• Provide transcripts that show he/she has earned a bachelor’s degree from an accredited institution. (Unofficial transcripts can be submitted as a placeholder until official transcripts are available.)
  • Submit documentation that he/she has passed the California Basic Education Skills Test (CBEST) and has ideally passed the California Subject Examinations for Teachers (CSET). These examinations can be taken online, so one does not need to be in California to take these tests. (Please note: There is strong interest in the CNA Program, so we expect to have a competitive pool. Applicants who have passed both the CBEST and CSET will be far more competitive than those who have just passed the CBEST. As such, we recommend that candidates aim to have both tests passed at the time they apply.)
  • Provide documentation that he/she meets the definition of “Indian” provided by the US Department of Education for the purposes of this program (see above).
  • Have an interview with faculty from CGU. This can be done in person at CGU or via Skype.

All candidates will be asked to show that they do not have tuberculosis and have a “clean” DOJ/FBI record.

Parties wanting assistance completing the application should contact CGU’s senior assistant director of admissions, Rachel Camacho, by emailing or calling 909-621-9418.

More information

Interested parties can also contact the director of the CNA program, DeLacy Ganley by emailing or calling 909-621-8075.

10 (next) steps for those interested in applying…

If a person is convinced that this is indeed a good program for him/her, the next steps are to…

1.  Send and an email to confirm that he/she is applying. This is a good time to also ask specific questions about the program.

2.  Start an online application.

3.  Confirm that he/she can document Native American heritage by completing/submitting the eligibility form found at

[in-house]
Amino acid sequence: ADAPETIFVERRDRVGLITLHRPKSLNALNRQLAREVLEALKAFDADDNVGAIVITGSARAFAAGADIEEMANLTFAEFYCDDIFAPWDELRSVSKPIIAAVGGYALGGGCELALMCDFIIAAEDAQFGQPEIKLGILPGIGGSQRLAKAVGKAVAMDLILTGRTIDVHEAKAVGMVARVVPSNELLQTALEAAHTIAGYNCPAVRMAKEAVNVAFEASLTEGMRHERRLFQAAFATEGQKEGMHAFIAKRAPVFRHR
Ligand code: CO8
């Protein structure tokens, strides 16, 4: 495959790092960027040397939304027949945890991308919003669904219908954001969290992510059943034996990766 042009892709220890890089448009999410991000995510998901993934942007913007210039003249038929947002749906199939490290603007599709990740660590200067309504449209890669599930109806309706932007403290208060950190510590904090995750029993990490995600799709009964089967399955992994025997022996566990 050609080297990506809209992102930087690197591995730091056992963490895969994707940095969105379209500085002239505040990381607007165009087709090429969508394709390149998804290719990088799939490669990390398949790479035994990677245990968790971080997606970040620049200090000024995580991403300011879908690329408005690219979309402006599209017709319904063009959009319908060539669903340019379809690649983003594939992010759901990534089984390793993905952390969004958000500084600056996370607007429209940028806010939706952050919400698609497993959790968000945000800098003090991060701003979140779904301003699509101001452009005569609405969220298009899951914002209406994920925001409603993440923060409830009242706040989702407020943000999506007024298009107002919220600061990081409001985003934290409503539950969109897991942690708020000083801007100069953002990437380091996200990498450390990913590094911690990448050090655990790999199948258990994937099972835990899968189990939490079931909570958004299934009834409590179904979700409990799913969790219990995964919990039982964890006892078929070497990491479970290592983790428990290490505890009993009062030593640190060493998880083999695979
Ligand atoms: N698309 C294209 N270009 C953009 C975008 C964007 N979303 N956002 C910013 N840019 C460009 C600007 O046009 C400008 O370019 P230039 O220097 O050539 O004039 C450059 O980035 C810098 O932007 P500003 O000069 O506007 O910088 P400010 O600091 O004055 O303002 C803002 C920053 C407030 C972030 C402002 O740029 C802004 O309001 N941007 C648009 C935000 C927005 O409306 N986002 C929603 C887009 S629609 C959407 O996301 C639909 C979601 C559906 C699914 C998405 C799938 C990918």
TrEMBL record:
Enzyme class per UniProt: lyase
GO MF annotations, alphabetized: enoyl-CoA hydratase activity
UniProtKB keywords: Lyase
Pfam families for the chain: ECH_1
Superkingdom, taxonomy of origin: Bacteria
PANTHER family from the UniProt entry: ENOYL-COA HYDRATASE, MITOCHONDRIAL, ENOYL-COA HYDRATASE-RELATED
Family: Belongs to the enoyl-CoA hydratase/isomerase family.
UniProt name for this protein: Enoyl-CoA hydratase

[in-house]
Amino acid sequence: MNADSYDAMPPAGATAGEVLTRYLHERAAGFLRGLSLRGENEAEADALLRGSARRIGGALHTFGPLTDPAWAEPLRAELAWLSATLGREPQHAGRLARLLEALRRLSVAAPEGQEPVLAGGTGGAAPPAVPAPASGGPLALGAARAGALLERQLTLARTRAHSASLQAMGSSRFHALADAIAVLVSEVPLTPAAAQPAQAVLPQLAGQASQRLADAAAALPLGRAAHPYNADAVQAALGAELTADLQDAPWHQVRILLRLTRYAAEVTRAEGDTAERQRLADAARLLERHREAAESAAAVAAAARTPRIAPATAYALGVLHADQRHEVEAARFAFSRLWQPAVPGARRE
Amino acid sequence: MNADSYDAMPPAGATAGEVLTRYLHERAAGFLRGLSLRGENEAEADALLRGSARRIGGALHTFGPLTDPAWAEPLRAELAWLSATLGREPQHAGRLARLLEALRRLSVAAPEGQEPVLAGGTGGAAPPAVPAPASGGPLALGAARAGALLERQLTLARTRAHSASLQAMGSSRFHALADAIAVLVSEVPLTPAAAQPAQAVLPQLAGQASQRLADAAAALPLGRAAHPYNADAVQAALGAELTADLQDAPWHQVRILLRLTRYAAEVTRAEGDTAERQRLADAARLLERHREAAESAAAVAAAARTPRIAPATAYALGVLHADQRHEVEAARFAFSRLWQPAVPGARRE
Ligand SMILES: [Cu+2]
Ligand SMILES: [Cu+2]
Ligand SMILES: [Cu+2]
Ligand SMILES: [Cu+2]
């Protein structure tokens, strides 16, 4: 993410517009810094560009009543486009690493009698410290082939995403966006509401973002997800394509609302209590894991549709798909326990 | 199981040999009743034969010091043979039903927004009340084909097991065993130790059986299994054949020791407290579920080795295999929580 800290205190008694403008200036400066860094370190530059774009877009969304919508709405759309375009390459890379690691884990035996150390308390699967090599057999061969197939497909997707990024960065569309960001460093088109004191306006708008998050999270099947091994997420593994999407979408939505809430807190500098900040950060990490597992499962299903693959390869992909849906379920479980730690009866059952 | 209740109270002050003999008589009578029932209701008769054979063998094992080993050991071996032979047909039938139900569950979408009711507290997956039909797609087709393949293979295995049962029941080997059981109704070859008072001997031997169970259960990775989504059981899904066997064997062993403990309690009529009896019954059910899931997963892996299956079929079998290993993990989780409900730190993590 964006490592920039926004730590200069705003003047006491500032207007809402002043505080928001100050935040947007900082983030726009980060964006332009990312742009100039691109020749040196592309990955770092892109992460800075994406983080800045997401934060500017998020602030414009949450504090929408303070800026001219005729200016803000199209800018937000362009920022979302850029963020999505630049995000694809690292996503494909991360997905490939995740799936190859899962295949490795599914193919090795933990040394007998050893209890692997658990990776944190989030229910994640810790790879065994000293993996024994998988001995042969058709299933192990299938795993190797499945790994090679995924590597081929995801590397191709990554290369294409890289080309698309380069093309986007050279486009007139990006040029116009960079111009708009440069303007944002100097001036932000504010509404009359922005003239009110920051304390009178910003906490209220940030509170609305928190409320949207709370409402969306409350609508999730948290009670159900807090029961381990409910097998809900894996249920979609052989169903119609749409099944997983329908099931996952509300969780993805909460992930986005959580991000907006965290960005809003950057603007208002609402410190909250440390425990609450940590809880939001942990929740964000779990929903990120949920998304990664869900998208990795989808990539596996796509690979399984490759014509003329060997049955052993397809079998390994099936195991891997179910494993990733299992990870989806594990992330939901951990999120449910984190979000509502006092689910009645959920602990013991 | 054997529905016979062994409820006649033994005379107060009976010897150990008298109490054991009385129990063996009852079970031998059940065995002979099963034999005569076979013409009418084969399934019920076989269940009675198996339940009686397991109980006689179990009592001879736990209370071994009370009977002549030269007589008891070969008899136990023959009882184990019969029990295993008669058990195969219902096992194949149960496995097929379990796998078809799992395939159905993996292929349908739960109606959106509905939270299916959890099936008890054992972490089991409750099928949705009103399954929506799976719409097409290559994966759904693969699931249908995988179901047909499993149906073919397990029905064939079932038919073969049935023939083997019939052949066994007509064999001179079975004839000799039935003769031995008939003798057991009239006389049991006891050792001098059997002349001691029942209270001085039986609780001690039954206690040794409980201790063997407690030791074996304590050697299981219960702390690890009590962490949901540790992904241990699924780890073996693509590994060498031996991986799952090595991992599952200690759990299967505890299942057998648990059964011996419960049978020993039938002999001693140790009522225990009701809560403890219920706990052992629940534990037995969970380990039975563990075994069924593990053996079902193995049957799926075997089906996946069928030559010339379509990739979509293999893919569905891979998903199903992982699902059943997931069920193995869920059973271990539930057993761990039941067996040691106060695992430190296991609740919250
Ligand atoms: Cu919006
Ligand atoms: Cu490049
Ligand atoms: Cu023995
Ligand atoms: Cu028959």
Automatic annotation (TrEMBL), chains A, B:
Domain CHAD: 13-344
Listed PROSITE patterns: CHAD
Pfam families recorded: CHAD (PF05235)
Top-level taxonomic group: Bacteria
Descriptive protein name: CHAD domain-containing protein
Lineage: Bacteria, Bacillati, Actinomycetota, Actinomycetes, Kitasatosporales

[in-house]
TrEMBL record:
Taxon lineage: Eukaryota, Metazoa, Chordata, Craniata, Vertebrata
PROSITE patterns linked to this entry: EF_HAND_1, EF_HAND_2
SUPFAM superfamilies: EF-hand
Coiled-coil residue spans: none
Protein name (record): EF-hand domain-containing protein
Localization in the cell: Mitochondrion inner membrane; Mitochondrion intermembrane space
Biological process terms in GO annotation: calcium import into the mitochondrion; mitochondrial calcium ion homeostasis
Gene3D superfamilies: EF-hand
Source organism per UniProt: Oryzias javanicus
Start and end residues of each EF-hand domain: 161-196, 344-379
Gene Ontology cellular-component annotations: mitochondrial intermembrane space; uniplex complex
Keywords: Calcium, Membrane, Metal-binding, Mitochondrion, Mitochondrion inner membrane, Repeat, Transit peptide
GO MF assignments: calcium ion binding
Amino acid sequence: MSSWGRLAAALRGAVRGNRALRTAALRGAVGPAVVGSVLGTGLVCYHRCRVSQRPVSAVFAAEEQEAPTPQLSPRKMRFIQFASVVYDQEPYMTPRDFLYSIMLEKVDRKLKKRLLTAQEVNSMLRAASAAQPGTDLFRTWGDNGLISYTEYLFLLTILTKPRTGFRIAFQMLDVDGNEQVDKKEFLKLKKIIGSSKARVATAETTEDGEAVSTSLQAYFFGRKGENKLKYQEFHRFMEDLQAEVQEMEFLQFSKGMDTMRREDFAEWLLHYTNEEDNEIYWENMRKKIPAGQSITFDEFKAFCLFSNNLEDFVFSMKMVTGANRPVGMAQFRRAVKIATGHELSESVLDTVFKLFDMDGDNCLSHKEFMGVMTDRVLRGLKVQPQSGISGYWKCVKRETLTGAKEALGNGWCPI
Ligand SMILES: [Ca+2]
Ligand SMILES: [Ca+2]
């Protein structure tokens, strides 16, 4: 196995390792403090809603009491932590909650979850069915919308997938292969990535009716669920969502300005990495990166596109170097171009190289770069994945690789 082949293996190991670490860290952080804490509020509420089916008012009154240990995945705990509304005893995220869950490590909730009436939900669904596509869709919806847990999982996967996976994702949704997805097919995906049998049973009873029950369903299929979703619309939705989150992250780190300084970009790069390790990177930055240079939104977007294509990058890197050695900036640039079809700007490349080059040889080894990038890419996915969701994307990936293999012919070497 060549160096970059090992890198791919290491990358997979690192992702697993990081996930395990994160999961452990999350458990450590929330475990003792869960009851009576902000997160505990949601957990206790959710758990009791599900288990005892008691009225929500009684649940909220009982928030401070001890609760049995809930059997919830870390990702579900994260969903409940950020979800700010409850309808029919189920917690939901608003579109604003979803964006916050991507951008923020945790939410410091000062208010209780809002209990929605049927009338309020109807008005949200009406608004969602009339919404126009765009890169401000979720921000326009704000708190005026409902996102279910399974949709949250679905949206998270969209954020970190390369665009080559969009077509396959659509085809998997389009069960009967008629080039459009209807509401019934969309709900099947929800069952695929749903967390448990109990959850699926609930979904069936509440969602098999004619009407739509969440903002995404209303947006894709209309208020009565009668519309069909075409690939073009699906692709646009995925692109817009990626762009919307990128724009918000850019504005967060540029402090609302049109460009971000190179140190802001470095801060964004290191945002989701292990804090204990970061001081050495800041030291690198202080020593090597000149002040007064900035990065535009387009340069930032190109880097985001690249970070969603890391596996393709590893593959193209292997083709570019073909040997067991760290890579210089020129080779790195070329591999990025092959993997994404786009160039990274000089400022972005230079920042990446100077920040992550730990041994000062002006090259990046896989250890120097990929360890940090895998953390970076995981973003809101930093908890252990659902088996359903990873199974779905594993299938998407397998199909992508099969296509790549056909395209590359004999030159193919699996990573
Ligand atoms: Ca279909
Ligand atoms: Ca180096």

4.  Contact and ask her to go over the service agreement. (It is best to look at this agreement early on in the process so that there are no surprises down the line.)

5.  Study and pass the California Basic Education Skills Test (CBEST). This is a basic skills test.  There are three sections: reading, writing and math.  People who have already passed the CBEST should send confirmation of passage to

6.  Study and pass the California Subject Examinations for Teachers (CSET). This is the test that the state of California uses to determine if a person knows enough about the submit he/she wants to teach. As such, if somebody wants to be a math teacher, he/she takes the Math CSET.  If somebody wants to be an English teacher, he/she takes the English CSET. People who have already passed the CSET should send confirmation of passage to

7.  Submit college transcripts. Have them sent to  Unofficial transcripts are acceptable for the application process (though official transcripts will eventually need to be submitted.)

8.  Write an admissions essay.

9.  Ask three people to write letters of recommendation. Ideally at least one will be able to speak to the applicant’s experiences working with youth and at least one will speak to the applicant’s academic abilities.

10. Plan on attending an information session at CGU or one of our webinars. Or, simply call us with questions. Interested parties may also come to CGU for a tour or to sit in on a class.  Requests for campus visits should be directed to